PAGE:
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I've Always Wondered ...

Why does soda come in liters and milk in gallons?

Annie Baxter Oct 10, 2017
Pepsi worked with DuPont to come up with a bottle that was 10 times bigger than the classic 6.5-ounce Coke. Mario Tama/Getty Images
I've Always Wondered ...

Why does soda come in liters and milk in gallons?

Annie Baxter Oct 10, 2017
Pepsi worked with DuPont to come up with a bottle that was 10 times bigger than the classic 6.5-ounce Coke. Mario Tama/Getty Images

This is just one of the stories from our “I’ve Always Wondered” series, where we tackle all of your questions about the world of business, no matter how big or small. Ever wondered if recycling is worth it? Or how store brands stack up against name brands? What do you wonder? Let us know here.

Listener Matthew Hooks in Pittsburgh, Pennsylvania, sent in this question:

“Why are bottles of soda sold in liters but milk is sold in gallons? Both are consumable liquids, so what gives?”

Back in 1970, things were not going so well for Pepsi-Cola. Coca-Cola outsold it 10 to 1 in about half the country, according to John Sculley, who ran Pepsi from the late ’70s into the ’80s.

“We were a very distant second-tier brand to Coca-Cola,” he said. Pepsi hired Sculley back then to up the soda company’s game against Coke. Sculley said even Coke’s bottles were hard to beat. “The Coke bottle was the perfect shape for a vending machine, to go down a bottling line and not get broken,” he said. “It was a classic, very memorable design.”

Sculley said every time Pepsi tried to improve its bottle design, it always ended up like Coke’s. His first assignment was to find a way out of that problem. He started doing market research on Pepsi drinkers, and along the way, he learned that households were constantly running out of Pepsi. That led to an epiphany.

“Why are we spending our time trying to design a little glass bottle when what we should really be doing is figuring out how do we get more liquid, more Pepsi, into that household?” he said.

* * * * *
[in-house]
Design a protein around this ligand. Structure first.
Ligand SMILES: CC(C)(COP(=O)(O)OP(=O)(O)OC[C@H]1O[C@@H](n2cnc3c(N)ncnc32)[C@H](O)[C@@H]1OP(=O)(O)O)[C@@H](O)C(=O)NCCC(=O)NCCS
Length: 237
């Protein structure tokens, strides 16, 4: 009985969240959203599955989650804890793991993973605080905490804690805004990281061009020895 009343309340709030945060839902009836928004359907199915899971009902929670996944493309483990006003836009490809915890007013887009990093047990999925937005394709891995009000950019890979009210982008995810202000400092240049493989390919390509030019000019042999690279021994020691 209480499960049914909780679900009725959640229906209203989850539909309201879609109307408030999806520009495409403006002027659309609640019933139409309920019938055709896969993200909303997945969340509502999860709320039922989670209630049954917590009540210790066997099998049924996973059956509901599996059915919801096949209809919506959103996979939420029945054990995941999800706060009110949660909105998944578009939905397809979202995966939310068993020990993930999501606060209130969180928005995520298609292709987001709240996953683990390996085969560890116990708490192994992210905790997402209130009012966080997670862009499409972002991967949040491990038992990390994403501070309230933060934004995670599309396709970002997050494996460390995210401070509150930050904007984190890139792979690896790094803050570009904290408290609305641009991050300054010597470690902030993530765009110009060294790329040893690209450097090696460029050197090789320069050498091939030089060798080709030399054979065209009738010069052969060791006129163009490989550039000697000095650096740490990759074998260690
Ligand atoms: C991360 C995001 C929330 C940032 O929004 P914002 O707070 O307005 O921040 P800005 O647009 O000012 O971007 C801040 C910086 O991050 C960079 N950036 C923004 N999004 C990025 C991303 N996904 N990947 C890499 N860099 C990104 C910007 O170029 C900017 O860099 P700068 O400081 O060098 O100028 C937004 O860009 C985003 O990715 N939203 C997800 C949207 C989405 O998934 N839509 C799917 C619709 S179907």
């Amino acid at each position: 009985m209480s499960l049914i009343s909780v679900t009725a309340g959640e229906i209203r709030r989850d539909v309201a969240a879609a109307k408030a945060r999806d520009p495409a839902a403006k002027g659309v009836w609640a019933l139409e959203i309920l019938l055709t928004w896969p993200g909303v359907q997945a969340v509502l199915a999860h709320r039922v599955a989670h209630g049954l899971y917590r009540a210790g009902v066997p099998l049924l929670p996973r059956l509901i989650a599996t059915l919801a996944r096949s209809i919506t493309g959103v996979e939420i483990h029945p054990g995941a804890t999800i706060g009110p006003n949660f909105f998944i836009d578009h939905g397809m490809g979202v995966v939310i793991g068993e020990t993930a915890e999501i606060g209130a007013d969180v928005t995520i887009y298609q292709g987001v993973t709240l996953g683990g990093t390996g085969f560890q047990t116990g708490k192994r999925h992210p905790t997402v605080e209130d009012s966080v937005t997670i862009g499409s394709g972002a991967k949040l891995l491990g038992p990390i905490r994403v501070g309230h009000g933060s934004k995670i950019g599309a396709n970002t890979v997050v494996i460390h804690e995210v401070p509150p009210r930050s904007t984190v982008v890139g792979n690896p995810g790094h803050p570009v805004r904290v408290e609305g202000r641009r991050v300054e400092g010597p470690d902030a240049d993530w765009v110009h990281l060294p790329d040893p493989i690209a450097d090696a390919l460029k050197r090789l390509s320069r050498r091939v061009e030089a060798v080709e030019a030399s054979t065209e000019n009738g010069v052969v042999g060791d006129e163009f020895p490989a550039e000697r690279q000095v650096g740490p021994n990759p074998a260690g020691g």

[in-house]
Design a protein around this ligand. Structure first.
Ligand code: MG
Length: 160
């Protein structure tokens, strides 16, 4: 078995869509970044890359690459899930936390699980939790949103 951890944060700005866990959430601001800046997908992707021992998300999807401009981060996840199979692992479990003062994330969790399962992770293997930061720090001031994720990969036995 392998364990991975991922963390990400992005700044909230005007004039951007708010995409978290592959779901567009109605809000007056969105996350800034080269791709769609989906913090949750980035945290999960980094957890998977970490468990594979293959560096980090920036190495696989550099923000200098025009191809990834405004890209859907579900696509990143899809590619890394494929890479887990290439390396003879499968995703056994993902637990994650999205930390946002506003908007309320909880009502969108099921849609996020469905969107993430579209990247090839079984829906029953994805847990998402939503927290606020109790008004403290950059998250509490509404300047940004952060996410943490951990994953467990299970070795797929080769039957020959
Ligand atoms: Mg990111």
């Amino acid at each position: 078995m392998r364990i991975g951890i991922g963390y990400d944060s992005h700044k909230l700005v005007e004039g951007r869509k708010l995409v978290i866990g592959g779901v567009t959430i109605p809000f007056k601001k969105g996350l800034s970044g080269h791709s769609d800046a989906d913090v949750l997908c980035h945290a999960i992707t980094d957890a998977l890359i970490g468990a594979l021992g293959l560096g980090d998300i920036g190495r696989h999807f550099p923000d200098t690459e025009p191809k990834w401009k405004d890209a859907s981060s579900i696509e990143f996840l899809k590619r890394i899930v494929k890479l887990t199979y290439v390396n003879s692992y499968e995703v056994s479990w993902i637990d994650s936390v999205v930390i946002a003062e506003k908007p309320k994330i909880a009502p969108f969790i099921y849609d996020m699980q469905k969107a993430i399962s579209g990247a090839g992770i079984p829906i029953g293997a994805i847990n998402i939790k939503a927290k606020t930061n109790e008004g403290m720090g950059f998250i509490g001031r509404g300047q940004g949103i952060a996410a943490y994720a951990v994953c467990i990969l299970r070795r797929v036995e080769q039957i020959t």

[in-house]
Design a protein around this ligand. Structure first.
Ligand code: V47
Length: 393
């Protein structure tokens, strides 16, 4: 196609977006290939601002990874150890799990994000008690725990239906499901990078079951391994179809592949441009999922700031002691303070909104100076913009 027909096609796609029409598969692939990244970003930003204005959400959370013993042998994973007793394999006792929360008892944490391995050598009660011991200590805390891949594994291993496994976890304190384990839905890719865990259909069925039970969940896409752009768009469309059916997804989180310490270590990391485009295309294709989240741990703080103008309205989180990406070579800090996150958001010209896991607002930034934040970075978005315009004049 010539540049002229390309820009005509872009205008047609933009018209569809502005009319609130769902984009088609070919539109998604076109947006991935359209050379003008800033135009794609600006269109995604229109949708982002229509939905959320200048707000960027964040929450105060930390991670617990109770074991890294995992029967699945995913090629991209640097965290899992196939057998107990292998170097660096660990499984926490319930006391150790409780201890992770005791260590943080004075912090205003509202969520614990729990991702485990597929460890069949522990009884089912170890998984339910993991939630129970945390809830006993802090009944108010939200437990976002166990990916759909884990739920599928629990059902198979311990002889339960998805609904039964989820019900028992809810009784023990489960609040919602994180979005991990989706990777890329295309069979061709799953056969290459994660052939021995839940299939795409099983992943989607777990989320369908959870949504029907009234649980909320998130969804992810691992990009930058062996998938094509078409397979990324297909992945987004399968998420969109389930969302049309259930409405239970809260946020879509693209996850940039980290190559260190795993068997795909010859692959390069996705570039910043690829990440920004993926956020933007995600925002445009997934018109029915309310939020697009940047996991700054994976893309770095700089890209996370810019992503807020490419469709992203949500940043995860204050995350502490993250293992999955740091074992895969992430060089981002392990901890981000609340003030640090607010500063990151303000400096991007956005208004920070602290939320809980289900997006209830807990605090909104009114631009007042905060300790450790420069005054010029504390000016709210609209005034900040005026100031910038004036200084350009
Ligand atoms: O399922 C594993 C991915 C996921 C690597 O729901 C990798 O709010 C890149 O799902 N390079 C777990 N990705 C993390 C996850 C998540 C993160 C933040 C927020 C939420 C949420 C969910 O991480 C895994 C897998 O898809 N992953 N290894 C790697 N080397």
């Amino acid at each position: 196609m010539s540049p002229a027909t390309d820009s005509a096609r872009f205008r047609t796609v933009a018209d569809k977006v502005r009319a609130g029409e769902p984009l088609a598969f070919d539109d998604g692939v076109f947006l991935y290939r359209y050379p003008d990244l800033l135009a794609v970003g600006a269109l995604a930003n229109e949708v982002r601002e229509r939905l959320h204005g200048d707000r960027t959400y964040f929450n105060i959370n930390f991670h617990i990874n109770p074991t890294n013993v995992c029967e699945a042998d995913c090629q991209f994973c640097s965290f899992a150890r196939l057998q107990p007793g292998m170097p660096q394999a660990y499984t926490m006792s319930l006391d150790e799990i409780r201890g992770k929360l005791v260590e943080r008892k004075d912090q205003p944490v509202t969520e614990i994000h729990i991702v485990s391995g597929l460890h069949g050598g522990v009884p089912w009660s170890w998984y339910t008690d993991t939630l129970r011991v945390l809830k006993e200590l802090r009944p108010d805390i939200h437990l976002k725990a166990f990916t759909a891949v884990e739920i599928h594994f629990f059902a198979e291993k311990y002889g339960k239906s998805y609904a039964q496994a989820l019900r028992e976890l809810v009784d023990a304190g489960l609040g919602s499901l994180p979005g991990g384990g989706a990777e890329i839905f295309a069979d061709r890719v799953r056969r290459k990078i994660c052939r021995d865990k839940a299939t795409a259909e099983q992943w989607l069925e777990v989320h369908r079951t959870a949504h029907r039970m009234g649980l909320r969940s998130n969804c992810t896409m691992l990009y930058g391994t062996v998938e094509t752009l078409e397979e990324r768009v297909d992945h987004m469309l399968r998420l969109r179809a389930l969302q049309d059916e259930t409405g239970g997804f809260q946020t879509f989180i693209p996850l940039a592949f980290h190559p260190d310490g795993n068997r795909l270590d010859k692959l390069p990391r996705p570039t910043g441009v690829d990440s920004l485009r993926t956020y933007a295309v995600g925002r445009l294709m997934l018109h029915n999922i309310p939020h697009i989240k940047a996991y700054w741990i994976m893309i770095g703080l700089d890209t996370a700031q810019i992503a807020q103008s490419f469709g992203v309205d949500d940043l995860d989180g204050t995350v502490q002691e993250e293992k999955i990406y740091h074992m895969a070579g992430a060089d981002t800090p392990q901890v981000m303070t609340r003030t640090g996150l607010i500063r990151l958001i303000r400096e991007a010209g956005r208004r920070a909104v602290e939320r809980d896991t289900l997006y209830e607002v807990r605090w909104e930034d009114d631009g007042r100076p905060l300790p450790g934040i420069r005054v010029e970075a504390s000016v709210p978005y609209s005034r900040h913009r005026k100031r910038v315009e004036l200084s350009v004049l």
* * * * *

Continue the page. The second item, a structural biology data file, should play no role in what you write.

Sculley wanted a bigger vessel. He worked with the chemical company DuPont, which had come up with a type of plastic that was perfect for bigger beverage bottles. The result? A Pepsi bottle that was 10 times bigger than the classic 6.5-ounce Coke.

And its name, the 2 liter, reflected the nation’s flirtation with going metric. Metrication, as it’s called, was an effort to get the U.S. to abandon customary measurements like inches and pints and join the rest of the world in using the metric system.

This cultural backdrop comes through in a Pepsi ad from the era. It starts with a school teacher announcing to his class, “Today we’re going to do the metric system. What’s 2 liters?”

A student proudly exclaims, “This is 2 liters: the new returnable, resealable bottle from Pepsi-Cola!”

The U.S. has debated going metric on and off since the 1800s, according to historian Stephen Mihm, professor at the University of Georgia and author of a forthcoming book about the history of measurement systems. Mihm said metrication gained steam in the 1970s.

“That was driven by concerns in the late 1960s of declining American exports abroad,” he said. “And that got chalked up, rightly or wrongly, to our intransigence about not adopting the metric system.”

In 1975 the U.S. Congress passed the Metric Conversion Act. It didn’t mandate that companies sell their products in metric sizes but did lay out a way to convert voluntarily.

Other soda companies figured that’s where the nation was heading and got on board. During the period of metric fever, 7UP launched products in half-liter and liter sizes.

“They adopted a new slogan for this campaign called ‘follow the liter,’” said Jack McKinney, director of the Dr Pepper Museum & Free Enterprise Institute in Waco, Texas. It includes artifacts from several brands, like 7UP, which are owned by Dr Pepper Snapple Group.

McKinney said 7UP even published a 60-page guide for teachers on the metric system back in the early ’70s.

“And they circulated it through their bottlers, and the bottlers could give it to teachers in schools,” he said. “It’s quite comprehensive.”

But the effort was short lived. Protectionist forces in the U.S. prevailed, and the metric idea was dropped, as evidenced by all the stuff we don’t measure in metric units.

Like milk.

Sarah Brew specializes in product labeling laws at the firm Faegre Baker Daniels in Minneapolis. She said unlike a global soda brand, milk is sold locally and follows local customs of measurement.

“Going back to the days when consumers got their milk delivered by the milkman to their doors, milk has been historically sold in pints and quarts and gallons,” she said. “And that’s what consumers expect.”

So these two systems are now in play when you do your grocery shopping, and that could be confusing for consumers. That’s why Congress made manufacturers list products’ contents in both metric units and traditional inches, pounds, gallons, et cetera.

But at the end of the day, they can market the size however they like. Hence, liters of soda and gallons of milk.

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